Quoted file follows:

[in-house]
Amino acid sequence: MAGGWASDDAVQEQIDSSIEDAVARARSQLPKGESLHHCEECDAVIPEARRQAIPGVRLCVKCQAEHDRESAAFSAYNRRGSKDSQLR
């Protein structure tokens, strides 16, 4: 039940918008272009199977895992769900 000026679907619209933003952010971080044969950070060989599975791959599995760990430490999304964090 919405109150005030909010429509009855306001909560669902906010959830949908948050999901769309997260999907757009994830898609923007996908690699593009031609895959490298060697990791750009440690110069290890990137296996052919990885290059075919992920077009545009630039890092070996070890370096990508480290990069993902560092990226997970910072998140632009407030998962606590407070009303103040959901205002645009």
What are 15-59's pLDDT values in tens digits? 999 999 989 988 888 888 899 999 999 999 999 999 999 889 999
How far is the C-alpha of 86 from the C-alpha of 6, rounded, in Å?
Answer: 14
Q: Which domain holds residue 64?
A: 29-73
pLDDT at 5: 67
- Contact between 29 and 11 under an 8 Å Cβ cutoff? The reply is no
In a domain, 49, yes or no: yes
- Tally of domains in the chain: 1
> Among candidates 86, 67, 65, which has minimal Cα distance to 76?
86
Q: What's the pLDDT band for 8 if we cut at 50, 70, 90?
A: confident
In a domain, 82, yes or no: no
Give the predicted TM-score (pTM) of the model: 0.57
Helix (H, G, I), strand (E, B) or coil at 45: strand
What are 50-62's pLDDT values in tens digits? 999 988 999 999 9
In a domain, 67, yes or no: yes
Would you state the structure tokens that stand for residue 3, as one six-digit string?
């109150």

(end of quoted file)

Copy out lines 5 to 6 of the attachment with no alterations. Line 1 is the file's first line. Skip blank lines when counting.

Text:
How far is the C-alpha of 86 from the C-alpha of 6, rounded, in Å?
Answer: 14